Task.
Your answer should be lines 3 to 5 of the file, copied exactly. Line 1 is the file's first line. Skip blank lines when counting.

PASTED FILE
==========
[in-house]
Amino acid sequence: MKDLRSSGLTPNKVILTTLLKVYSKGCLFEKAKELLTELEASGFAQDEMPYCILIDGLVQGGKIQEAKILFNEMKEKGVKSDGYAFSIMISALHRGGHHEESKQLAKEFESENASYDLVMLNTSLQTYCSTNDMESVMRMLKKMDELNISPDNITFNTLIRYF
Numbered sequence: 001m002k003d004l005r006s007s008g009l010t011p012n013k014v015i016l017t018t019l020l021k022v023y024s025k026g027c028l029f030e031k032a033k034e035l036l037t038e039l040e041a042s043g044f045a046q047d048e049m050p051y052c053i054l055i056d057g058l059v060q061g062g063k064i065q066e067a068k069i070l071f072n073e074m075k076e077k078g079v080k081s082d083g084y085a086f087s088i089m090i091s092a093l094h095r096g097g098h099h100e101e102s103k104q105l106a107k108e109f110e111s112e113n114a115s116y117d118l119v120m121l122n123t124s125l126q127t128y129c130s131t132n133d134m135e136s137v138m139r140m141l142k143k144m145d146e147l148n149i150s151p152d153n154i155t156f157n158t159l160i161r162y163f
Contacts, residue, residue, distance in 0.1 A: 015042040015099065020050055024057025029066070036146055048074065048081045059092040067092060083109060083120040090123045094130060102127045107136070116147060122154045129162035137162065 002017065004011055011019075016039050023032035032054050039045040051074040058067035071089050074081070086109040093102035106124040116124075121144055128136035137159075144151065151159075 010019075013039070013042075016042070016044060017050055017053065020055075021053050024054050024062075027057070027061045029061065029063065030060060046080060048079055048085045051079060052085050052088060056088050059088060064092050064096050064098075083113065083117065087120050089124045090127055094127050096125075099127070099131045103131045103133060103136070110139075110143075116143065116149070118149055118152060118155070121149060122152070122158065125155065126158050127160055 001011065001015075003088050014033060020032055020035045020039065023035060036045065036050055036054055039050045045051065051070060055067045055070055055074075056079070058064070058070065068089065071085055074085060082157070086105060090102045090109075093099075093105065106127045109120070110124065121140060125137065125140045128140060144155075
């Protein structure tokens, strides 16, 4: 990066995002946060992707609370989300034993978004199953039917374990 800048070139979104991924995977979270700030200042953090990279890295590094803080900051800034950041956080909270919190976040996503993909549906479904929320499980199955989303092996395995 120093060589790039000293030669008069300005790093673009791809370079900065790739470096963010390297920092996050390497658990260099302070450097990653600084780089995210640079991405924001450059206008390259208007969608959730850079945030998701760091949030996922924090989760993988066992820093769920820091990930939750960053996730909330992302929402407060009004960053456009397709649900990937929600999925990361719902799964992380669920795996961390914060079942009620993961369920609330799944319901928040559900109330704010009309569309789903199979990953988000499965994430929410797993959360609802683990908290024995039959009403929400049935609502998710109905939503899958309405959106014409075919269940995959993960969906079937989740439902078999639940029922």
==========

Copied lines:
Numbered sequence: 001m002k003d004l005r006s007s008g009l010t011p012n013k014v015i016l017t018t019l020l021k022v023y024s025k026g027c028l029f030e031k032a033k034e035l036l037t038e039l040e041a042s043g044f045a046q047d048e049m050p051y052c053i054l055i056d057g058l059v060q061g062g063k064i065q066e067a068k069i070l071f072n073e074m075k076e077k078g079v080k081s082d083g084y085a086f087s088i089m090i091s092a093l094h095r096g097g098h099h100e101e102s103k104q105l106a107k108e109f110e111s112e113n114a115s116y117d118l119v120m121l122n123t124s125l126q127t128y129c130s131t132n133d134m135e136s137v138m139r140m141l142k143k144m145d146e147l148n149i150s151p152d153n154i155t156f157n158t159l160i161r162y163f
Contacts, residue, residue, distance in 0.1 A: 015042040015099065020050055024057025029066070036146055048074065048081045059092040067092060083109060083120040090123045094130060102127045107136070116147060122154045129162035137162065 002017065004011055011019075016039050023032035032054050039045040051074040058067035071089050074081070086109040093102035106124040116124075121144055128136035137159075144151065151159075 010019075013039070013042075016042070016044060017050055017053065020055075021053050024054050024062075027057070027061045029061065029063065030060060046080060048079055048085045051079060052085050052088060056088050059088060064092050064096050064098075083113065083117065087120050089124045090127055094127050096125075099127070099131045103131045103133060103136070110139075110143075116143065116149070118149055118152060118155070121149060122152070122158065125155065126158050127160055 001011065001015075003088050014033060020032055020035045020039065023035060036045065036050055036054055039050045045051065051070060055067045055070055055074075056079070058064070058070065068089065071085055074085060082157070086105060090102045090109075093099075093105065106127045109120070110124065121140060125137065125140045128140060144155075
């Protein structure tokens, strides 16, 4: 990066995002946060992707609370989300034993978004199953039917374990 800048070139979104991924995977979270700030200042953090990279890295590094803080900051800034950041956080909270919190976040996503993909549906479904929320499980199955989303092996395995 120093060589790039000293030669008069300005790093673009791809370079900065790739470096963010390297920092996050390497658990260099302070450097990653600084780089995210640079991405924001450059206008390259208007969608959730850079945030998701760091949030996922924090989760993988066992820093769920820091990930939750960053996730909330992302929402407060009004960053456009397709649900990937929600999925990361719902799964992380669920795996961390914060079942009620993961369920609330799944319901928040559900109330704010009309569309789903199979990953988000499965994430929410797993959360609802683990908290024995039959009403929400049935609502998710109905939503899958309405959106014409075919269940995959993960969906079937989740439902078999639940029922």